Securing your system with Linux Intrusion Detection System
When LIDS is running, it can occupy one of three states. As its name implies, the BOOT state is when the system is booting up and initializing. This state also includes startup for system services (daemons). The POSTBOOT state is after the system has booted and it is running "normally." Finally, the SHUTDOWN state is when the machine is shutting down. Each of the states has its own configuration files located in /etc/lids.
The different states are necessary because you likely want system services to access different files and directories during startup and shutdown. PID (Process Identification) files, for example, must be written when the system starts up; however, it might be considered a security violation to write these files during normal operations. Therefore, PID files are only accessible in the BOOT state. (Note that you can also run a LIDS Free Session at any time to write these files.)
The BOOT state occurs naturally while the system is booting, and you have no reason to go specifically into this state. The POSTBOOT state, which represents the normal operating mode, is reached by sealing the kernel. To switch to the SHUTDOWN state manually, you can enter the following command line:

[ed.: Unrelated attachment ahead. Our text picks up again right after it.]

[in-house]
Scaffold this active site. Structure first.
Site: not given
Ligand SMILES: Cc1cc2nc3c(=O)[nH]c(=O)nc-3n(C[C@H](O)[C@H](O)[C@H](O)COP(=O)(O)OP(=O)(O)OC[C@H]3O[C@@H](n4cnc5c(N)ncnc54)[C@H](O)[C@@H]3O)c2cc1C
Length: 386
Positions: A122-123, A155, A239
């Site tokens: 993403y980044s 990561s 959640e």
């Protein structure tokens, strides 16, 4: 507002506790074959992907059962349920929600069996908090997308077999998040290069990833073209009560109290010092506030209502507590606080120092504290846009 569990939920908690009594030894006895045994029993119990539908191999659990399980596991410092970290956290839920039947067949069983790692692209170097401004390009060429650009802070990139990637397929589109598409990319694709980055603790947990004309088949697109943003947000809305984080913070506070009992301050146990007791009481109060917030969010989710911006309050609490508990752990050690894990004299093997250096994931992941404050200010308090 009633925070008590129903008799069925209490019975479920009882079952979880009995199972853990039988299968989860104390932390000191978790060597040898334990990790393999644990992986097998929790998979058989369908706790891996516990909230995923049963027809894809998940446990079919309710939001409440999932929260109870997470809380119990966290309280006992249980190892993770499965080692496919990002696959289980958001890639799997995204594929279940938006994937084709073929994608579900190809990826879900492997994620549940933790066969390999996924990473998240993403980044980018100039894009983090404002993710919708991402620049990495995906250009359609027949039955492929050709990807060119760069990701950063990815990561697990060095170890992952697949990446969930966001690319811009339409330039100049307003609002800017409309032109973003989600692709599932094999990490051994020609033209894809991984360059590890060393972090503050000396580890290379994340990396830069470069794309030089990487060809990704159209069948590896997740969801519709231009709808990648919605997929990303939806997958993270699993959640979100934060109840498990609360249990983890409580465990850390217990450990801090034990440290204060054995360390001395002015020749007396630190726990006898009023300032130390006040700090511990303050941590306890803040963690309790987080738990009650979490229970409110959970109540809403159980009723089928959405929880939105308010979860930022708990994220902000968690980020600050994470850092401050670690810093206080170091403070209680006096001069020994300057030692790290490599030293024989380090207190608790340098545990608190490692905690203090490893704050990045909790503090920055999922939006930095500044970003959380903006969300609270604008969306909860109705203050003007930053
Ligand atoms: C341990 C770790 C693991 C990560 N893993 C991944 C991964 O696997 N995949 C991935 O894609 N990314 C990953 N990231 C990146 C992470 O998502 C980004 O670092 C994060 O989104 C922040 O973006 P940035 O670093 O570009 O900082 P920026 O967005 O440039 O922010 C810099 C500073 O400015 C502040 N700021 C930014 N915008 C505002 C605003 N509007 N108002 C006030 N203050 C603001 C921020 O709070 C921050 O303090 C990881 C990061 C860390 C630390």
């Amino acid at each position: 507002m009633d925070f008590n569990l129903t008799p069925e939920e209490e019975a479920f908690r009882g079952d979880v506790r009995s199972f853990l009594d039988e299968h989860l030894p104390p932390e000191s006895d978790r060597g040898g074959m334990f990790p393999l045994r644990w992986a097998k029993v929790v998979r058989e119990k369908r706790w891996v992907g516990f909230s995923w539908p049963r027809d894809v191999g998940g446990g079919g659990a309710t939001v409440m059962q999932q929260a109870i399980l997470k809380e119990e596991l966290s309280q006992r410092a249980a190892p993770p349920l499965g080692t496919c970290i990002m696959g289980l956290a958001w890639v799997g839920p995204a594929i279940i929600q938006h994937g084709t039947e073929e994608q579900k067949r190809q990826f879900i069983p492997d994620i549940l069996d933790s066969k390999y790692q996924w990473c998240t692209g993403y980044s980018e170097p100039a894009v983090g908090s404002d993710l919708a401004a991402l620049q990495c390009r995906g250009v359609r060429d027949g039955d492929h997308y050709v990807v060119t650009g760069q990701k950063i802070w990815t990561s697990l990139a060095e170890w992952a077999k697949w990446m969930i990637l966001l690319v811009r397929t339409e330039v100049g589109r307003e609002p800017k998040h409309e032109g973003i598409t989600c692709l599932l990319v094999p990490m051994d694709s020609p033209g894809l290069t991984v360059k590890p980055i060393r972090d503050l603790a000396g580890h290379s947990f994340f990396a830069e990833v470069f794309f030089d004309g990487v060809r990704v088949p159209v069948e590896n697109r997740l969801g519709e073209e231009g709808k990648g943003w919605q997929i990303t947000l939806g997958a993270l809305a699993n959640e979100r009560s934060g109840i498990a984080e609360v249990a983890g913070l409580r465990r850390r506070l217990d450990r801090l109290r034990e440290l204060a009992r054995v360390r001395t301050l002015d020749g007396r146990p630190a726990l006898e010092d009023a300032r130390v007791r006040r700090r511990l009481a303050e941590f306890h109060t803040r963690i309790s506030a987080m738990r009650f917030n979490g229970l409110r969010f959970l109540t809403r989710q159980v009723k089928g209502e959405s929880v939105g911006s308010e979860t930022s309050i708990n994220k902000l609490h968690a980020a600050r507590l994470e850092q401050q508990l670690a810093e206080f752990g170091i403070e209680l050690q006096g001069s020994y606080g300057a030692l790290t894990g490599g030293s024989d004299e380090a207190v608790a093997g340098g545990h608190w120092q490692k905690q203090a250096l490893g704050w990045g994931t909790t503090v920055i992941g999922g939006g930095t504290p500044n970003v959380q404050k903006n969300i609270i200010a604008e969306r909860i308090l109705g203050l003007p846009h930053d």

lidsadm -S -- +SHUTDOWN
LIDS is not really running until the kernel is sealed. By default, the kernel is not sealed automatically. You can seal the kernel with an init script that is configured to run as the last script. In one of the virtual machines, you can download the init script zzz-bootup-end, which is started as S99zzz-bootup-end – so it more than likely ends up running last. This small script simply runs:
lidsadm -I +TPE
The -I option initializes LIDS (sealing the kernel), and the +TPE activates TPE mode.